$12M in funding still being withheld from First Nations
Despite its opposition to controversial law, Liberal government has not moved on frozen funding
Forty-three First Nations are waiting on the Liberal government to release more than $12 million in funding which was held back by the previous government under a controversial law that requires bands to post financial statements online.
The Liberals "were very clear prior to the election," they would repeal and not enforce the First Nations Financial Transparency Act (FNFTA) says lawyer Robert Hladun, who represents Saskatchewan's Onion Lake Cree Nation.
He claims the First Nation has had $1.6 million held back over the last two years — money used to support over 800 employee salaries and access to housing.
"Each day that these funds are being withheld programs and services are being effected." said Hladun.
Law defied, millions withheld
Under the FNFTA, First Nations can have funding withheld if the they fail to post full financial audits on the Indigenous and Northern Affairs Canada website.
CBC News has learned that shortly after the first deadline to comply passed a year ago, the Conservative government froze $4.3 million in funding.
Documents obtained through Access to Information requests contain letters sent to 51 First Nations last year.
They include warnings of court action and a breakdown of which funds would be frozen. For some First Nations, it was as little as $399, for others as much as $277,516.95.
Around the same time the government also announced it was taking six First Nations to court, including Onion Lake, in an attempt to force them to comply.
Initially some of that money was paid out as some First Nations came into compliance with the act.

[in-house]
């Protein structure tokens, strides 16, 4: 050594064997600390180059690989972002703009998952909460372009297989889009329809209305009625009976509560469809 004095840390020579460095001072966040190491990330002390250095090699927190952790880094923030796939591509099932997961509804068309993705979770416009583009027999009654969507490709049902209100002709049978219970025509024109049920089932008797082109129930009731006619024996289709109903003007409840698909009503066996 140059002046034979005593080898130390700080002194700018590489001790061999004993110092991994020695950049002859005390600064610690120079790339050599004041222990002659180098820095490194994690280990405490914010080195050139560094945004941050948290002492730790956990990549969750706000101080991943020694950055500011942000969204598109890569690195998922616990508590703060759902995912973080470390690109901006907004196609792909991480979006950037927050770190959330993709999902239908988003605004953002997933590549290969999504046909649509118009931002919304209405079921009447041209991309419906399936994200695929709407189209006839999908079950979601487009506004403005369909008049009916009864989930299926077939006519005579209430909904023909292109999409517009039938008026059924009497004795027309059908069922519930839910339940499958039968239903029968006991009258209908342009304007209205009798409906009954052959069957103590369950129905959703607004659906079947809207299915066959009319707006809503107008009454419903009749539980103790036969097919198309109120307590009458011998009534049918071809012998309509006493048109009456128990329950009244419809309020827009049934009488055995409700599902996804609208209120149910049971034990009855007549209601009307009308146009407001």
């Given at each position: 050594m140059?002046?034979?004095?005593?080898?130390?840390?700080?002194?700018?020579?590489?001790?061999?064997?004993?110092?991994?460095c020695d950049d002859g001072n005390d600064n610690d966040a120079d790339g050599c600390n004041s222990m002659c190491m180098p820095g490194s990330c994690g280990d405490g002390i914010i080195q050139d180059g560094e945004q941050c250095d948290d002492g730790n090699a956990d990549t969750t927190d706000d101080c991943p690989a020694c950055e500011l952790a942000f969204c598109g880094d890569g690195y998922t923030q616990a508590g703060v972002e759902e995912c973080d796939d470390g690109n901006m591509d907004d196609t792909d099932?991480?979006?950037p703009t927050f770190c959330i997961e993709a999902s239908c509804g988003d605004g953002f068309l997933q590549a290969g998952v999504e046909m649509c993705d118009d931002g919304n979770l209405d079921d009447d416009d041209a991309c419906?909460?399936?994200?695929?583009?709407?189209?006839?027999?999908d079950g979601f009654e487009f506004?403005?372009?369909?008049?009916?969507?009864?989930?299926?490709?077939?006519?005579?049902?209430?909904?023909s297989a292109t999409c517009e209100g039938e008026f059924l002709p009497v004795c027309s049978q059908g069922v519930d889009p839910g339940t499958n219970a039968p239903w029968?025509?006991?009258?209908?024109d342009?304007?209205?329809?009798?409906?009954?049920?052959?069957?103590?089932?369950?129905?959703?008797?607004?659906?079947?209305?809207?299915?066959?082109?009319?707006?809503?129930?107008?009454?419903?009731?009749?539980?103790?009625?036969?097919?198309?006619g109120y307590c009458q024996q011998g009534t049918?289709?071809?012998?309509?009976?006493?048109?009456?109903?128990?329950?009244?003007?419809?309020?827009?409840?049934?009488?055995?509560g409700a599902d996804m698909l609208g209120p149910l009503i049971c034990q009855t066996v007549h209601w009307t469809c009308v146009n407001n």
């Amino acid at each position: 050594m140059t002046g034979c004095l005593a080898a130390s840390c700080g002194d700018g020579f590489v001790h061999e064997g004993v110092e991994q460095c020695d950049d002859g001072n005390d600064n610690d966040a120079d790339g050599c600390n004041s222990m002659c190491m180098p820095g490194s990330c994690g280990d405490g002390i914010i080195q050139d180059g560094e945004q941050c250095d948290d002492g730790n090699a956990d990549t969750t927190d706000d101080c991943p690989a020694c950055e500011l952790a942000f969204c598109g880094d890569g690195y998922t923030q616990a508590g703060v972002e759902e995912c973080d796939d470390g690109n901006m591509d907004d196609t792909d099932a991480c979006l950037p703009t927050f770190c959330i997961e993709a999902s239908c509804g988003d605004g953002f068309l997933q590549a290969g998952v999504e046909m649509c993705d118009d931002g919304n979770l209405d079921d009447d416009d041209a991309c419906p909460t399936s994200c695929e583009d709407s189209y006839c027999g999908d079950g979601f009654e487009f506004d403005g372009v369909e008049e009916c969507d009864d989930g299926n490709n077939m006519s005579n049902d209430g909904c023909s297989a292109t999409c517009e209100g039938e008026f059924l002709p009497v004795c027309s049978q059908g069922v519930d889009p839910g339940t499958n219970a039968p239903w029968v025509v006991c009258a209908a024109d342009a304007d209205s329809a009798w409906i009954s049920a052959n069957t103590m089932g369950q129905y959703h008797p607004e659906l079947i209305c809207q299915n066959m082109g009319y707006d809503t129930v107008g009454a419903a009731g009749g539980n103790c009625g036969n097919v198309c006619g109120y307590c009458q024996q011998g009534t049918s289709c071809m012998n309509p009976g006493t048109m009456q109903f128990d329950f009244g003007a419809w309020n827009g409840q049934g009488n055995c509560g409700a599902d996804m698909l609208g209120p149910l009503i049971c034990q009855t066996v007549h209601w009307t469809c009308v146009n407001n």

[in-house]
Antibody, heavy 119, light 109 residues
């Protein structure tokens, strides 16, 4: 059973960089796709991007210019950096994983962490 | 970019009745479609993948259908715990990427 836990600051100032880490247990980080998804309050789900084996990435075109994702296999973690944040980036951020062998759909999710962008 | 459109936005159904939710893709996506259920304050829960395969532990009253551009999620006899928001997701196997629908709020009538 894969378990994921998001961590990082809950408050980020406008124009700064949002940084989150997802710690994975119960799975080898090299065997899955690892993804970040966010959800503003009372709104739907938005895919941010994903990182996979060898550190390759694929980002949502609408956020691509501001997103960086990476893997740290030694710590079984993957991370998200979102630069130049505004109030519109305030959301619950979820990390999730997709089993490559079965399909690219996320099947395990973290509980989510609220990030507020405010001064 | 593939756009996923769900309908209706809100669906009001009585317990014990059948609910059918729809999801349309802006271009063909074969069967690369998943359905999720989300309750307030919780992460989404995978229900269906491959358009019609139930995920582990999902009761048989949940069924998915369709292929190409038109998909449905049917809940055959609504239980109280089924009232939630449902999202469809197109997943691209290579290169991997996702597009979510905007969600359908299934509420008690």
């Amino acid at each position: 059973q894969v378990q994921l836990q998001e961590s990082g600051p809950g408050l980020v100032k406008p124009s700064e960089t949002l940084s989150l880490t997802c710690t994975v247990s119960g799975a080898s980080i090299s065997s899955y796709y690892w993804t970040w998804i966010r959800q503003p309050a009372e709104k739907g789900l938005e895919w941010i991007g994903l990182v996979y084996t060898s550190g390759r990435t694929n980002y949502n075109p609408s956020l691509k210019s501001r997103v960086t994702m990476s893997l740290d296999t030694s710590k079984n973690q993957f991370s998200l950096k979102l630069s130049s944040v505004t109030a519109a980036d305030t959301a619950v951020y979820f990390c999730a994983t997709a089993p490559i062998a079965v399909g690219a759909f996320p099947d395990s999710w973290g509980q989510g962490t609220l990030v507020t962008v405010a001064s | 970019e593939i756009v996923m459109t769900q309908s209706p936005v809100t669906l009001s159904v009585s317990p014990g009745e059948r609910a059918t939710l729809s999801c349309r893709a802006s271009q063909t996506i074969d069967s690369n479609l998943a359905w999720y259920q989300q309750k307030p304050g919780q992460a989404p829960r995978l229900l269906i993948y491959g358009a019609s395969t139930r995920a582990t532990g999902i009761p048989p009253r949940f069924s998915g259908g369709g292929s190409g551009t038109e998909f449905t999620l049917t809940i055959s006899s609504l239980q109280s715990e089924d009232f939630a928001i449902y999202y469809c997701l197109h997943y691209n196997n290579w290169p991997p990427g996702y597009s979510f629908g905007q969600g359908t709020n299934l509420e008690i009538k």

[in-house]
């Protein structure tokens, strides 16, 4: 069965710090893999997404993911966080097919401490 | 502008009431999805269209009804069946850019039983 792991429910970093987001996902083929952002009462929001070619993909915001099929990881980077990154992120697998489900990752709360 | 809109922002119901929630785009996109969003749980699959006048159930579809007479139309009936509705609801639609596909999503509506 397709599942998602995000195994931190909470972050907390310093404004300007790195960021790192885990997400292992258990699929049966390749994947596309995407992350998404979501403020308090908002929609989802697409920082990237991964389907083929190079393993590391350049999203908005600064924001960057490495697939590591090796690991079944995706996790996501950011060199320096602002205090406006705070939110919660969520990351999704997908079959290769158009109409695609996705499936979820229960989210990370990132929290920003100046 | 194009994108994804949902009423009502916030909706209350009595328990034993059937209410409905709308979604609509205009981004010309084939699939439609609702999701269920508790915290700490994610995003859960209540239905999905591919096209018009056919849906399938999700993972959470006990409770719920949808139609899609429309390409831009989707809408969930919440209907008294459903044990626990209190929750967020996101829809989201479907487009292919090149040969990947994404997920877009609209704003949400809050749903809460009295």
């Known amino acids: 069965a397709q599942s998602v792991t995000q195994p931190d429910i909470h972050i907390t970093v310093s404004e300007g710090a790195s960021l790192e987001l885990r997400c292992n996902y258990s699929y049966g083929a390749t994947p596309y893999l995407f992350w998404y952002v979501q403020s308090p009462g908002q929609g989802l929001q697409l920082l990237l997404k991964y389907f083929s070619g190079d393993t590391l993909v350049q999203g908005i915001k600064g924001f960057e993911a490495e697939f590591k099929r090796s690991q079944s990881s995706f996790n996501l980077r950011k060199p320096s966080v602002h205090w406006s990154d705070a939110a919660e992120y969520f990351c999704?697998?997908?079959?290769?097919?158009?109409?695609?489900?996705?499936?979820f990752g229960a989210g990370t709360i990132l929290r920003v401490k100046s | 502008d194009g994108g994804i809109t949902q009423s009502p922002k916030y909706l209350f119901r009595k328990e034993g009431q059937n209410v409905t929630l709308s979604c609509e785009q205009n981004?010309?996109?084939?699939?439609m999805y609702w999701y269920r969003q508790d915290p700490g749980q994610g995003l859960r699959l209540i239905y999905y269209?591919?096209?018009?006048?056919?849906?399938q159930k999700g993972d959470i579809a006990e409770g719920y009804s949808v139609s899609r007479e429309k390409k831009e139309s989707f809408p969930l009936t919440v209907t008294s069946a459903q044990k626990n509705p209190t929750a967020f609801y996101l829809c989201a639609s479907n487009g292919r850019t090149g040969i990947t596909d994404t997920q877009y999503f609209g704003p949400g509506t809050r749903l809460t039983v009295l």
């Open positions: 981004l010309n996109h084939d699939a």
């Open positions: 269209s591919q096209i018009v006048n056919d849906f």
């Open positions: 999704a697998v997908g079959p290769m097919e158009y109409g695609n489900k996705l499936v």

However in the year since the department says the amount of funds frozen has grown to approximately $12.1 million, while the court case has stalled.
Many still not complying
As the fall election saw the Liberals replace the Conservatives in power, the FNFTA took a beating in court.
Onion Lake won a stay of proceedings against the government, when a federal judge ruled the former aboriginal affairs minister Bernard Valcourt failed to consult First Nations on the legislation.
That ruling effectively stalled the enforcement of the act in the courts, and the government is not pursuing legal action against any of the 43 First Nations which are currently not in compliance with it.
The law, however, remains on the books. It's not clear what will happen next.
Department officials have said the money is sitting, waiting to be released.
Hladun concedes the law can't be changed over night. But he says releasing the money would be a good start.
"We've written, there has been no response, that is concerning at this point," he said.
In a statement, the new federal Indigenous Affairs Minister Carolyn Bennett said she disagrees with the act, and is willing to work with First Nations on a resolution.
Meanwhile Justice Minister Jody Wilson-Raybould told reporters in Ottawa that the act is part of a suite of First Nations legislation that is under review.
"We'll look at all pieces of legislation as they impact indigenous rights," she said.
So far there are no commitments to release the frozen funding.